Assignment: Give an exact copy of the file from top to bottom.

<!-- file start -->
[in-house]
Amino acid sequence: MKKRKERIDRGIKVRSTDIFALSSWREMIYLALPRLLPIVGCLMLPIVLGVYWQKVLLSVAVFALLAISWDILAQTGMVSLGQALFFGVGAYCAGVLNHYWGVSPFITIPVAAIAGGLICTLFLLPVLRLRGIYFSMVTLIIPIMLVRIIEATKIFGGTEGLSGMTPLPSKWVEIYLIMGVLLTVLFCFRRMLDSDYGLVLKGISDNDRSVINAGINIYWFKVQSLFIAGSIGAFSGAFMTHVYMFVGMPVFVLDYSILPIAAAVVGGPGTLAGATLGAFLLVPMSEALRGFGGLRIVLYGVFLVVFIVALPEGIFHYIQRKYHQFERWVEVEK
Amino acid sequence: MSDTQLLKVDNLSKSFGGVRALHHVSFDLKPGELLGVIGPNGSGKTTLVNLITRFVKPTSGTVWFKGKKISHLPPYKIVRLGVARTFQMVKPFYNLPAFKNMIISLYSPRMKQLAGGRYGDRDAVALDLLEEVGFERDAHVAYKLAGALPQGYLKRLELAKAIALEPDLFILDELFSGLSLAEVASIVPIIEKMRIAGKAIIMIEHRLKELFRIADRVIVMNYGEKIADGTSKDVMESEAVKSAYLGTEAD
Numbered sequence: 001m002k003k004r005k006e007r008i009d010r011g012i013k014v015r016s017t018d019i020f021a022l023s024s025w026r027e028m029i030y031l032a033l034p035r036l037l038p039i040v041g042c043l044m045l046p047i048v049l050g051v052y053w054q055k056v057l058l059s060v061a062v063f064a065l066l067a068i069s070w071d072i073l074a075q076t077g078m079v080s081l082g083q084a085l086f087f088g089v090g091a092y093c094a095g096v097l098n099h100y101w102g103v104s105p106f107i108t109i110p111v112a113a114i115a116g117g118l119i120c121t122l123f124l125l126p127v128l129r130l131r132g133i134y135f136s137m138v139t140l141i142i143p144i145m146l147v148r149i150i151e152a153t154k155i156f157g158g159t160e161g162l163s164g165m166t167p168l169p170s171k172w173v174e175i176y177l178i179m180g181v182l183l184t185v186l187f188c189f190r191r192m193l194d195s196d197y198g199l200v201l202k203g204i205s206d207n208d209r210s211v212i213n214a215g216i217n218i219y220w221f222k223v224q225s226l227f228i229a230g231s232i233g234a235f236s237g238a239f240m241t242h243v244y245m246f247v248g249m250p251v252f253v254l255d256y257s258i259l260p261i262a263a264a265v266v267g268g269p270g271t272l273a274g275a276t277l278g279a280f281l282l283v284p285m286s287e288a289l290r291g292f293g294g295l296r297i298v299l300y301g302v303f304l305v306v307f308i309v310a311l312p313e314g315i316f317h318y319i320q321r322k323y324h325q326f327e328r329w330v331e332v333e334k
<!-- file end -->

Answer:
[in-house]
Amino acid sequence: MKKRKERIDRGIKVRSTDIFALSSWREMIYLALPRLLPIVGCLMLPIVLGVYWQKVLLSVAVFALLAISWDILAQTGMVSLGQALFFGVGAYCAGVLNHYWGVSPFITIPVAAIAGGLICTLFLLPVLRLRGIYFSMVTLIIPIMLVRIIEATKIFGGTEGLSGMTPLPSKWVEIYLIMGVLLTVLFCFRRMLDSDYGLVLKGISDNDRSVINAGINIYWFKVQSLFIAGSIGAFSGAFMTHVYMFVGMPVFVLDYSILPIAAAVVGGPGTLAGATLGAFLLVPMSEALRGFGGLRIVLYGVFLVVFIVALPEGIFHYIQRKYHQFERWVEVEK
Amino acid sequence: MSDTQLLKVDNLSKSFGGVRALHHVSFDLKPGELLGVIGPNGSGKTTLVNLITRFVKPTSGTVWFKGKKISHLPPYKIVRLGVARTFQMVKPFYNLPAFKNMIISLYSPRMKQLAGGRYGDRDAVALDLLEEVGFERDAHVAYKLAGALPQGYLKRLELAKAIALEPDLFILDELFSGLSLAEVASIVPIIEKMRIAGKAIIMIEHRLKELFRIADRVIVMNYGEKIADGTSKDVMESEAVKSAYLGTEAD
Numbered sequence: 001m002k003k004r005k006e007r008i009d010r011g012i013k014v015r016s017t018d019i020f021a022l023s024s025w026r027e028m029i030y031l032a033l034p035r036l037l038p039i040v041g042c043l044m045l046p047i048v049l050g051v052y053w054q055k056v057l058l059s060v061a062v063f064a065l066l067a068i069s070w071d072i073l074a075q076t077g078m079v080s081l082g083q084a085l086f087f088g089v090g091a092y093c094a095g096v097l098n099h100y101w102g103v104s105p106f107i108t109i110p111v112a113a114i115a116g117g118l119i120c121t122l123f124l125l126p127v128l129r130l131r132g133i134y135f136s137m138v139t140l141i142i143p144i145m146l147v148r149i150i151e152a153t154k155i156f157g158g159t160e161g162l163s164g165m166t167p168l169p170s171k172w173v174e175i176y177l178i179m180g181v182l183l184t185v186l187f188c189f190r191r192m193l194d195s196d197y198g199l200v201l202k203g204i205s206d207n208d209r210s211v212i213n214a215g216i217n218i219y220w221f222k223v224q225s226l227f228i229a230g231s232i233g234a235f236s237g238a239f240m241t242h243v244y245m246f247v248g249m250p251v252f253v254l255d256y257s258i259l260p261i262a263a264a265v266v267g268g269p270g271t272l273a274g275a276t277l278g279a280f281l282l283v284p285m286s287e288a289l290r291g292f293g294g295l296r297i298v299l300y301g302v303f304l305v306v307f308i309v310a311l312p313e314g315i316f317h318y319i320q321r322k323y324h325q326f327e328r329w330v331e332v333e334k